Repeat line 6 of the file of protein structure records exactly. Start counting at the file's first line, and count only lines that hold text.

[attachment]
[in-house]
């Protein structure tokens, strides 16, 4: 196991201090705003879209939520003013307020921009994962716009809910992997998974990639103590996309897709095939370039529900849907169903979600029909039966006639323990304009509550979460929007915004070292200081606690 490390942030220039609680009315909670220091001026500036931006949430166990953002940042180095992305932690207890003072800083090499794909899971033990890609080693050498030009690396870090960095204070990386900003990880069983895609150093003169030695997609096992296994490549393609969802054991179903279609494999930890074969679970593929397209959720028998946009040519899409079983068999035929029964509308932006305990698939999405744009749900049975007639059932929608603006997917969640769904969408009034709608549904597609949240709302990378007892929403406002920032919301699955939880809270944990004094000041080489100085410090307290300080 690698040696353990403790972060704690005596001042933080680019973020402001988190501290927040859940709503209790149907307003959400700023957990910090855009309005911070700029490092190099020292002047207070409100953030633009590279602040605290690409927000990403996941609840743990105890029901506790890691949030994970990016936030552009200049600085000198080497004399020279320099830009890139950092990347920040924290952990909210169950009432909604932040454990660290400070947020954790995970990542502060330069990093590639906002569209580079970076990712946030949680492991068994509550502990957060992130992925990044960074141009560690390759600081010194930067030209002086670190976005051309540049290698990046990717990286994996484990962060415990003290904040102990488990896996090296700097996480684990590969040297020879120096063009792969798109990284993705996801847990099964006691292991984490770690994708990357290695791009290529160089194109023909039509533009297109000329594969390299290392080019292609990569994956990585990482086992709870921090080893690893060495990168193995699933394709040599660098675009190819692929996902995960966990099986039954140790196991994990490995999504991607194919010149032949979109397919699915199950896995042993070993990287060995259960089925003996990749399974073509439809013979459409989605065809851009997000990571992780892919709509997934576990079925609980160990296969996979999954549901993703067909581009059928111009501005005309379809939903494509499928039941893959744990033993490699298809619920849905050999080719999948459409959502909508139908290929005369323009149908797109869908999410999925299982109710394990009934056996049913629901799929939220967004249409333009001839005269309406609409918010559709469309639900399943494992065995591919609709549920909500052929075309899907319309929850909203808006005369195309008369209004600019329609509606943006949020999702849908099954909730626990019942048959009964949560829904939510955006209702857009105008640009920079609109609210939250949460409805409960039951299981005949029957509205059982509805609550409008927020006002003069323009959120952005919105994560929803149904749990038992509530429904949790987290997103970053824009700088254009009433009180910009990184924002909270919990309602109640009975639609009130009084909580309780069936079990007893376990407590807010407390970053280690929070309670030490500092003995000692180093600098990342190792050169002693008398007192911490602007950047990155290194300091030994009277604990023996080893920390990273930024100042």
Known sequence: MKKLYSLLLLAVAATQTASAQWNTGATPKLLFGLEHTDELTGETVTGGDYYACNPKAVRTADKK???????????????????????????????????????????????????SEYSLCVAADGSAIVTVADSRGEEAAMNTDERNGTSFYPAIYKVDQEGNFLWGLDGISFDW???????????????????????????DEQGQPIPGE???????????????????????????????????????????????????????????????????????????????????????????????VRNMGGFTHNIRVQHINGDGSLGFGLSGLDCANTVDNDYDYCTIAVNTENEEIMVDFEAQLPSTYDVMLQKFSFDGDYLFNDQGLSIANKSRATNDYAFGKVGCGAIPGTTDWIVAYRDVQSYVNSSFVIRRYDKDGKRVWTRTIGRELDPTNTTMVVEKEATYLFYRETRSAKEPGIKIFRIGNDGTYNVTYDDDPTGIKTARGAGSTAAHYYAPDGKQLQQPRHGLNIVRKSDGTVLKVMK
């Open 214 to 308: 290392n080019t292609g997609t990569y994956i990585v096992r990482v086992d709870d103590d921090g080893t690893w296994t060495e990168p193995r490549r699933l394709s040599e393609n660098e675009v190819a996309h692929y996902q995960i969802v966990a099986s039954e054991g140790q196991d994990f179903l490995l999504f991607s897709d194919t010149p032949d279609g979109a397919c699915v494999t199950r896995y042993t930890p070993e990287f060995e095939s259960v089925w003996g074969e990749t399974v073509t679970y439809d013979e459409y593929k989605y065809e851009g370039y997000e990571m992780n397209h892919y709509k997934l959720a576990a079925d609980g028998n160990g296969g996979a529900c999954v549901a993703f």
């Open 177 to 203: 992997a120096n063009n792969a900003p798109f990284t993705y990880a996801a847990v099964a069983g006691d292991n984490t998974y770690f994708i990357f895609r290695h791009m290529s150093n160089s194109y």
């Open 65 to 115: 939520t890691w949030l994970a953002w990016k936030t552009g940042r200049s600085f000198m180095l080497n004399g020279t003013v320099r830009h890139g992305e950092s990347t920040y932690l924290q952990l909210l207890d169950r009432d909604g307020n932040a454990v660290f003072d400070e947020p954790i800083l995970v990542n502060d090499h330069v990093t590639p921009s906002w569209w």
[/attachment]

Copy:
């Open 65 to 115: 939520t890691w949030l994970a953002w990016k936030t552009g940042r200049s600085f000198m180095l080497n004399g020279t003013v320099r830009h890139g992305e950092s990347t920040y932690l924290q952990l909210l207890d169950r009432d909604g307020n932040a454990v660290f003072d400070e947020p954790i800083l995970v990542n502060d090499h330069v990093t590639p921009s906002w569209w």